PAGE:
Barnes to face off against Johnson for U.S. Senate seat

AP declares Mandela Barnes and Ron Johnson as winners, will face off in November
Sen. Ron Johnson (left) and Lt. Gov. Mandela Barnes will face off for U.S. Senate in November.
Sen. Ron Johnson (left) and Lt. Gov. Mandela Barnes will face off for U.S. Senate in November.(WMTV)
Published: Aug. 9, 2022 at 8:31 PM CDT|Updated: Aug. 9, 2022 at 9:19 PM CDT
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MADISON, Wis. (WMTV) - Mandela Barnes will face off against U.S. Sen. Ron Johnson in the November general election, the Associated Press reports Tuesday night.

Unofficial results project Barnes as moving forward as the Democratic nominee for U.S. Senate in Wisconsin. AP also has Johnson as winning the Republican nomination.

“I don’t fit the bill of a normal politician, and it took me a little while to understand that that’s a good thing,” Barnes said in a statement. “Because the way we’ll change Washington is by changing the people we send to Washington. And that work starts today.”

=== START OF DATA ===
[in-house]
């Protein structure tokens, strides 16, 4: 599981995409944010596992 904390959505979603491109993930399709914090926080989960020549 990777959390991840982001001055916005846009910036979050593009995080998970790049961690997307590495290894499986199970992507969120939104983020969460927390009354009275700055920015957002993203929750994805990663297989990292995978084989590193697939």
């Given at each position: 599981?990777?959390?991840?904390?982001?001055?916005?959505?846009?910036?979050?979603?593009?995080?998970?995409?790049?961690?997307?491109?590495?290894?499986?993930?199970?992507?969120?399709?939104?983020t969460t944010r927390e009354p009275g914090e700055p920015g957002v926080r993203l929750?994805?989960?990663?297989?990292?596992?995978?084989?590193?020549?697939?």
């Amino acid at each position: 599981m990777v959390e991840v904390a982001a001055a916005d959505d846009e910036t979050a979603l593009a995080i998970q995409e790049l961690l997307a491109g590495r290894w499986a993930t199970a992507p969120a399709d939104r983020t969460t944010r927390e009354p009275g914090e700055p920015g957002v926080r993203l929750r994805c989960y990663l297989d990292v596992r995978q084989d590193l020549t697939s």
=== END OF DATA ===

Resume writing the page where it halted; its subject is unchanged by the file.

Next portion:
Sen. Johnson released a statement Tuesday night, describing Barnes as the Democratic Party’s “most radical left candidate for the U.S. Senate race.”

“Regardless of how Mandela Barnes and his allies in the mainstream media attempt to paint his views, Wisconsinites should not believe a word they say,” Johnson said. “The Lieutenant Governor will support all the destructive policies of President Biden and his enablers in congress.”

The Barnes campaign revealed earlier Tuesday that a union leader and U.S. Sen. Tammy Baldwin would be speaking after the polls close at 8 p.m. Tuesday, along with Barnes.

“Mandela Barnes has shown an unprecedented ability to unite Wisconsin,” Baldwin said. “In a coalition that includes farmers, labor unions, teachers, small business owners and working people all across the state, he’s been able to do it because he gets us.”

Barnes voted earlier Tuesday at Greentree Preparatory Academy in Milwaukee before connecting with voters at the Wisconsin State Fair. His campaign said the connections are a chance for him to hear what’s important to Wisconsinites.

“He loves talking to voters and really just having those one on one conversations,” said Communications Director Maddy McDaniel. “There is so much that we all have in common with each other, no matter where you’re from, really keep getting a sense of what people are feeling on the ground and what’s important to people in Wisconsin.”

At 35, Barnes is nearly half the age of the average U.S. senator, and would join a small group of Black senators — and be the first from Wisconsin — if he wins election to the chamber.

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